This says it better than I could...

Saturday, July 26, 2008

Why We Fight by John P. Stevenson

Why We Fight by John P. Stevenson
Why We Fight…

The Reasons and Motivations of the War for Civilization


A Choice between Here and There


You hear it everywhere… “What are we doing in Iraq?” “Why are we fighting?” “When will the War end?” These are valid questions, questions that deserve straight, honest answers. And it’s not factual to say that the Bush administration hasn’t provided those answers; they have. It’s just that some people haven’t liked the answers they got.

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If you find yourself wondering why we’re engaged in conflict, think back to a bright Tuesday in September nearly seven years ago. Do you remember where you were? What you were doing? Do you remember what went through your mind when the second plane hit the second tower, live on nationwide TV, and the realization dawned that what had been a horrible accident had become an act of war?

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I do. Vividly. I can recall the shock as I watched the flashing silver shape cut across the screen from left to right, banking sharply just before impact, flames and glass and debris blowing out the other side of the building as though it were blood and tissue from an exit wound. The shock lasted perhaps ten seconds, then I turned to a friend standing next to me and said, “Someone just declared war on us.” In my mind, the transition from peace to war took just that long, just that 10-second gap between seeing, and knowing. For some, especially the heroes who would be the first to fall in this war, it would be much quicker; for many, that transition has never been made.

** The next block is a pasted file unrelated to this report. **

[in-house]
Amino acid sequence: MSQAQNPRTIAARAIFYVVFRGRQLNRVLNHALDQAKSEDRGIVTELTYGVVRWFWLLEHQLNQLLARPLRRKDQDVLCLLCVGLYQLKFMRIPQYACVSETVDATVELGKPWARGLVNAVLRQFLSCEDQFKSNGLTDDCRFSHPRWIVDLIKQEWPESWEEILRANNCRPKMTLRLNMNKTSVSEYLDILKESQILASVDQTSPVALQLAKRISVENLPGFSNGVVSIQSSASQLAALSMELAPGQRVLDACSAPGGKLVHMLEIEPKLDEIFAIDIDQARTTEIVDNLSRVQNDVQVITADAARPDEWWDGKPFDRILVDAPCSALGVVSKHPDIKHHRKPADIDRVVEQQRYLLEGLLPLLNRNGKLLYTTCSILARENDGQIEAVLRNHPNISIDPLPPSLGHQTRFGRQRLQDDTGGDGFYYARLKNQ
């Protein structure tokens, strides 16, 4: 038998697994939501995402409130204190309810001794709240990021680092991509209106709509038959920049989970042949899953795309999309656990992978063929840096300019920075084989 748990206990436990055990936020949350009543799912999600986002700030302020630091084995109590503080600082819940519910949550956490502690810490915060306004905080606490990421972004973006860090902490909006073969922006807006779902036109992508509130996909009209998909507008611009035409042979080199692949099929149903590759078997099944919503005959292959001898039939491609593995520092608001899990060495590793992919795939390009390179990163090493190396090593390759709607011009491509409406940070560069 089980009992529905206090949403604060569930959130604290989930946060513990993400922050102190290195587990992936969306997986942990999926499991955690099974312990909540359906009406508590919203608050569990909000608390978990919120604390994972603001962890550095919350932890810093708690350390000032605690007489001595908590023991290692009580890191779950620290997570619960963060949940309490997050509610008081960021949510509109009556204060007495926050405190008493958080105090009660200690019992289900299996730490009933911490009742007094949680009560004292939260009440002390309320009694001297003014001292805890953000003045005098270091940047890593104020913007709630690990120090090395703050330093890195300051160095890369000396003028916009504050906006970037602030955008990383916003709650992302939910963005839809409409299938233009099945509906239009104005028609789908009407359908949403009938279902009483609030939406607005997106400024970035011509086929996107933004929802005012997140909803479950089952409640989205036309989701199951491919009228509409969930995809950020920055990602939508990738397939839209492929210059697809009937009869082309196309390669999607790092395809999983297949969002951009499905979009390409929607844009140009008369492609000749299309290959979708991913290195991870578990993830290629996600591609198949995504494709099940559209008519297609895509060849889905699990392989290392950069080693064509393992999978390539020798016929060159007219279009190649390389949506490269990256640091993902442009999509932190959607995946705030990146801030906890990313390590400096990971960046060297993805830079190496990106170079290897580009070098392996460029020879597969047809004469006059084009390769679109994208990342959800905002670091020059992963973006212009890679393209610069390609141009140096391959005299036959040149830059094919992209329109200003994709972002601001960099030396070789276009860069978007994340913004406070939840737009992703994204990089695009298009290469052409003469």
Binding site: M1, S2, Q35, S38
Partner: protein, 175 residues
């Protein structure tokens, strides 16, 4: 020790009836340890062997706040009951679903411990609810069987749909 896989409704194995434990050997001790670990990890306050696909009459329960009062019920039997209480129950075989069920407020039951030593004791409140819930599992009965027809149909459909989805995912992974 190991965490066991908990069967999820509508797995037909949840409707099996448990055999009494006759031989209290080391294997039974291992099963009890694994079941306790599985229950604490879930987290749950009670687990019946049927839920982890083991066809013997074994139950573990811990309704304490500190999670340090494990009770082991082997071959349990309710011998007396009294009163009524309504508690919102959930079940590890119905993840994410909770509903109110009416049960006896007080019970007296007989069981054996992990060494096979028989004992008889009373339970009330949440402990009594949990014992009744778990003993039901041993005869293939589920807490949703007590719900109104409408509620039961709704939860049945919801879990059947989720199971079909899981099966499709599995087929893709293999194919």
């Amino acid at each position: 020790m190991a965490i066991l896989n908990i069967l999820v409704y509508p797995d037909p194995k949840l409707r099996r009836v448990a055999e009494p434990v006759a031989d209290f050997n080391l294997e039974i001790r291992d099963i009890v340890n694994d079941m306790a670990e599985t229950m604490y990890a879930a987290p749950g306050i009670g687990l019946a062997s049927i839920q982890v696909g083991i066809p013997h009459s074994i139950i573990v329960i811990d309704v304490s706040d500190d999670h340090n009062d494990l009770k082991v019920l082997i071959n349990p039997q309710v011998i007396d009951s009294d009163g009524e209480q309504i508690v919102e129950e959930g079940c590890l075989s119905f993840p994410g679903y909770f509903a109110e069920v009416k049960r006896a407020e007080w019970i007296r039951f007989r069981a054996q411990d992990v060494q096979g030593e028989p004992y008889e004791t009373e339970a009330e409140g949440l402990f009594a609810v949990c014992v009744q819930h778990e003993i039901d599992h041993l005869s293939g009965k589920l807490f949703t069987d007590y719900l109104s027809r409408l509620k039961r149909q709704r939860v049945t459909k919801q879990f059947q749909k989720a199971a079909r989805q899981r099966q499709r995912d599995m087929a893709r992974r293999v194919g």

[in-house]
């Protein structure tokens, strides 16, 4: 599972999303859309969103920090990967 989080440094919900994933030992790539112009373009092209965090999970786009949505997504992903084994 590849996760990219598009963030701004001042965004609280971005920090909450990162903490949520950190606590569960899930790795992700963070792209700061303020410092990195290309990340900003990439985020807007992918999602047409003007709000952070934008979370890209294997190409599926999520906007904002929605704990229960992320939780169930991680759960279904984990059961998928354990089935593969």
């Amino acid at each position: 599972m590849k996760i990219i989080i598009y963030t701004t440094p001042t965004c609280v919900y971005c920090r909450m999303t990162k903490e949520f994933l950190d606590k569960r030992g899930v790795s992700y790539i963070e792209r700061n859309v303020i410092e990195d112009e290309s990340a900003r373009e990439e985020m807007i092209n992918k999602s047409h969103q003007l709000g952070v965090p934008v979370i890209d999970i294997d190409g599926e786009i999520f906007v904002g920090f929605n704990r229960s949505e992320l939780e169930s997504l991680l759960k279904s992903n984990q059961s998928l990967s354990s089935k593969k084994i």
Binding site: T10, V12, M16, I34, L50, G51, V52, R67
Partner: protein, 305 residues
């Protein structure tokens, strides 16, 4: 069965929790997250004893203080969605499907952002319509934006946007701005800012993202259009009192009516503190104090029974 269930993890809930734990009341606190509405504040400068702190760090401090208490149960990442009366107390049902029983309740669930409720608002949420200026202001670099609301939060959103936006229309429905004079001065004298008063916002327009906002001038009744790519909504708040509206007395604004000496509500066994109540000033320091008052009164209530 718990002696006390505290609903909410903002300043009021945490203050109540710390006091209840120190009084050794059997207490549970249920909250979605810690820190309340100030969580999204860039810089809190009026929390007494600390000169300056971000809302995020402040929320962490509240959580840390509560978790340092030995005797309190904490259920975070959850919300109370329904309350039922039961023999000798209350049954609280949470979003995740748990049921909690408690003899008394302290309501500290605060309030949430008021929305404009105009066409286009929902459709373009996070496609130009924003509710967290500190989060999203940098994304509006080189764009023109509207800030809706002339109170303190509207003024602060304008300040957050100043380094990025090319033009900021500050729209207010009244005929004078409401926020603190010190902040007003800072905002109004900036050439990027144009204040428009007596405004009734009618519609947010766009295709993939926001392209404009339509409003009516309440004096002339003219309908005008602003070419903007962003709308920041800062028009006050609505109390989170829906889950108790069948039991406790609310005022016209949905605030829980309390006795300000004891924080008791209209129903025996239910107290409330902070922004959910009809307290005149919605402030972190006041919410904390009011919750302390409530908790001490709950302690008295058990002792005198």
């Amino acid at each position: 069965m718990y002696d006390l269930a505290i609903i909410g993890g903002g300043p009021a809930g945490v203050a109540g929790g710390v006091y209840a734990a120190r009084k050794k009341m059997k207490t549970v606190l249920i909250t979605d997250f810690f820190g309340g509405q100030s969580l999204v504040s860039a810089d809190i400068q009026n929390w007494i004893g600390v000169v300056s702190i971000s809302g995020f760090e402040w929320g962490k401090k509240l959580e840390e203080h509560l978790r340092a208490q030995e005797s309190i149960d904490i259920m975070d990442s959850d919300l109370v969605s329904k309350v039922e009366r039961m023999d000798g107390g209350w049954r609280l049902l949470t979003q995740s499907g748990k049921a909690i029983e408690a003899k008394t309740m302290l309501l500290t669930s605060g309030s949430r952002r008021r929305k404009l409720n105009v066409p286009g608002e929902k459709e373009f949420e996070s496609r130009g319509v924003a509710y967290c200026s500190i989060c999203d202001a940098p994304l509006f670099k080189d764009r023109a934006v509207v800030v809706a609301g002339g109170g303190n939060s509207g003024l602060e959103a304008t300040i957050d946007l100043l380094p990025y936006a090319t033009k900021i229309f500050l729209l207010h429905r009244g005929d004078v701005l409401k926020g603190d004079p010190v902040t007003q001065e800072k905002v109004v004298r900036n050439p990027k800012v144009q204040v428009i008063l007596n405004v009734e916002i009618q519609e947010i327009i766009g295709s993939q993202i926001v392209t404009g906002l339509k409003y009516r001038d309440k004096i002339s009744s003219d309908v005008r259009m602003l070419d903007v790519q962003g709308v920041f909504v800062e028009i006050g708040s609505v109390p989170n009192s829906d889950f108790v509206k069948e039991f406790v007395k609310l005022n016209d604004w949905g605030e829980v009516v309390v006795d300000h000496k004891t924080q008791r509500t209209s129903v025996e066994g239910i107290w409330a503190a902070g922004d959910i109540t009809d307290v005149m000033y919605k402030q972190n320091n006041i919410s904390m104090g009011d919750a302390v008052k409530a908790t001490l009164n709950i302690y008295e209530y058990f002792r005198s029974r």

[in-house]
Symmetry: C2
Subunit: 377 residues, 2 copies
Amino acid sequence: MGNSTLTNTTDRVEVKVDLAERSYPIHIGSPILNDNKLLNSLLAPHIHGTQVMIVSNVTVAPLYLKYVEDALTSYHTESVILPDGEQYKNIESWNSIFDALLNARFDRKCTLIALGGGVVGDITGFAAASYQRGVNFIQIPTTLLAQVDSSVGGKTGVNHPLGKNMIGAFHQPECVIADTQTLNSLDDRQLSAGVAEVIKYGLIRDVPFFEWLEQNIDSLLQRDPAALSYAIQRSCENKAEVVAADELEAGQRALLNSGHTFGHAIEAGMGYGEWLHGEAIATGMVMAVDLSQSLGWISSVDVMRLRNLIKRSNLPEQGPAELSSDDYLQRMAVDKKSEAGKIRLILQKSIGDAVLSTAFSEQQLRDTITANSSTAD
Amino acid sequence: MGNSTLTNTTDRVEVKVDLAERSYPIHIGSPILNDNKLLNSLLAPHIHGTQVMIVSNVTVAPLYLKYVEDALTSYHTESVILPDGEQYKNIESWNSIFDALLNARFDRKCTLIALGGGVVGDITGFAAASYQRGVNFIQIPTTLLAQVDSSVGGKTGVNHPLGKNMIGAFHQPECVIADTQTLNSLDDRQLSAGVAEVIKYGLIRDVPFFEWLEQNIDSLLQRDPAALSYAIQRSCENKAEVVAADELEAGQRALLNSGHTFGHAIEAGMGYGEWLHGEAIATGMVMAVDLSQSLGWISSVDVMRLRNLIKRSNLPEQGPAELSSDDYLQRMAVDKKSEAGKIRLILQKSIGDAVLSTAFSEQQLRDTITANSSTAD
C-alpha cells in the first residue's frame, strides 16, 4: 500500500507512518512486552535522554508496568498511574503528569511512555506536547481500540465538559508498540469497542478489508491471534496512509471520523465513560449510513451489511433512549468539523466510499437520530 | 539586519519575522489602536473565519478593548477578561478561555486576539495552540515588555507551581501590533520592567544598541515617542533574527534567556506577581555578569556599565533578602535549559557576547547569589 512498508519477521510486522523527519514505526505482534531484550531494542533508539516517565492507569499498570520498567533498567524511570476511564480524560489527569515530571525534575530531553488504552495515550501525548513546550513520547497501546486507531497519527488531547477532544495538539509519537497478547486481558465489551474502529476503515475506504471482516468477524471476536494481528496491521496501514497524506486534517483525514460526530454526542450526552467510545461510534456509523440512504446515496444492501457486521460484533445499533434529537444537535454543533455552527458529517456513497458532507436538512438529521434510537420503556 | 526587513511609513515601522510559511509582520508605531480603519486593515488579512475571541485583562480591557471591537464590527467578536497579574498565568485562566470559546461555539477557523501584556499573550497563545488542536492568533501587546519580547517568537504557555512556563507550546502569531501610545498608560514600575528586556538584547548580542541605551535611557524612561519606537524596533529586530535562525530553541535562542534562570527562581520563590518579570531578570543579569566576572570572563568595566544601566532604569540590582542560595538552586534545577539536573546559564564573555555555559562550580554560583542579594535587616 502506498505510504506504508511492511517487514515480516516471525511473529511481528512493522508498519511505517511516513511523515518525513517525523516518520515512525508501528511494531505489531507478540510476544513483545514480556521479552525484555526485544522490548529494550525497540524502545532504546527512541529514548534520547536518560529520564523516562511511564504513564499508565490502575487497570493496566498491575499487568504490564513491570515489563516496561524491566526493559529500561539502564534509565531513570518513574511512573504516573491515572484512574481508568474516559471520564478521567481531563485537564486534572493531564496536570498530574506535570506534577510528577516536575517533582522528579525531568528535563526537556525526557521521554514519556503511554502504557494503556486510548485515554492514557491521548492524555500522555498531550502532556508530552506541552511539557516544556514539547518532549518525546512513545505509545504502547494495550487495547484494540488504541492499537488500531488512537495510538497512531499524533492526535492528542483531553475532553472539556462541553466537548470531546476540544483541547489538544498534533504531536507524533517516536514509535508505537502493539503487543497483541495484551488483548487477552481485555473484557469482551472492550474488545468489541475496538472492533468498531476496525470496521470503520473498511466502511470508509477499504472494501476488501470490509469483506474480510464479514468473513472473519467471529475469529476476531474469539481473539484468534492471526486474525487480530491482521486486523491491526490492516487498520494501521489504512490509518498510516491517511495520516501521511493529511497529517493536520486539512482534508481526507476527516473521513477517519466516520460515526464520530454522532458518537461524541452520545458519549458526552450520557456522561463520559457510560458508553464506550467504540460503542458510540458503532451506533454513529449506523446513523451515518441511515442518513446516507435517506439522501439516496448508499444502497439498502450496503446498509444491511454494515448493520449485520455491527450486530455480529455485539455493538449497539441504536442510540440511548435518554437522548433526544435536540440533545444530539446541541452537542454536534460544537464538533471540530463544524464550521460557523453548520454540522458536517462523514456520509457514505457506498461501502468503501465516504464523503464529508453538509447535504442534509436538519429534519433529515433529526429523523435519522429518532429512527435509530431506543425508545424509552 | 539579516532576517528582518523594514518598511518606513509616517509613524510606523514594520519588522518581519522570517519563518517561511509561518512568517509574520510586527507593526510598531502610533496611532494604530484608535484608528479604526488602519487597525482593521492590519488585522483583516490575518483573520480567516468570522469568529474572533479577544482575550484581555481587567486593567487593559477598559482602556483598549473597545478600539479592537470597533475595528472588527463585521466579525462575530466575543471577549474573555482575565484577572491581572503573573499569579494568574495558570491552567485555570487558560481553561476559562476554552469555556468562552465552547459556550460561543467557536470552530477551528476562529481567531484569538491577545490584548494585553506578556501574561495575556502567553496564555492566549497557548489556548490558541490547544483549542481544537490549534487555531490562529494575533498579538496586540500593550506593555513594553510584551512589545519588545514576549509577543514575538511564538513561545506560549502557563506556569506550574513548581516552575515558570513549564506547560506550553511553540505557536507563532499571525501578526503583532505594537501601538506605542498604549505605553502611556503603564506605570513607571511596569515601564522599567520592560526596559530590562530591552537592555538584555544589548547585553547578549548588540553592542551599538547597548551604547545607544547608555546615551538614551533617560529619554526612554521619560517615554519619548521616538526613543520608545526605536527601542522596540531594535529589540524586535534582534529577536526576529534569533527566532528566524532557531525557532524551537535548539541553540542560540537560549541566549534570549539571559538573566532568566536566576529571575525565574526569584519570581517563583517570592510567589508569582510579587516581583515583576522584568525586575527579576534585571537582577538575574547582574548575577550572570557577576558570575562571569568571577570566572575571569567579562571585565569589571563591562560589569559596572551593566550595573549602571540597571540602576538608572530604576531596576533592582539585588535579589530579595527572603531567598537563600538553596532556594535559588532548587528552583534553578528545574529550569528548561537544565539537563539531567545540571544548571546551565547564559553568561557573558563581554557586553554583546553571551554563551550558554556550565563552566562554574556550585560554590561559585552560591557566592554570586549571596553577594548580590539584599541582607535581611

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Our President, the man charged with the responsibility of keeping us safe from foreign aggression, the man who is the ultimate commander of the armed might of the United States, resolved that this would not happen again on his watch. He vowed, before Congress, before the Nation, before the World, and before God that we would go anywhere, pay any price, endure any hardship, to bring justice to those who brought terror to us. He made it clear that there would be nowhere to hide, no sanctuary from our wrath. The doctrine was simple and direct… there were only two sides in this War: Stand with us, on the side of civilization, or cast your lot with those who sought the end of civilization. He stated plainly that this would not be a war like any other. Many things would be done in the darkness, concealed from all save those who would feel the effects of our anger. Many things would be done for the world to see, and to learn from. And it would not be a war that would end with the liberation of one country, the death of one man, or the capture of an enemy capital. It would be a generational conflict, and we who began the struggle would not likely live to see its end.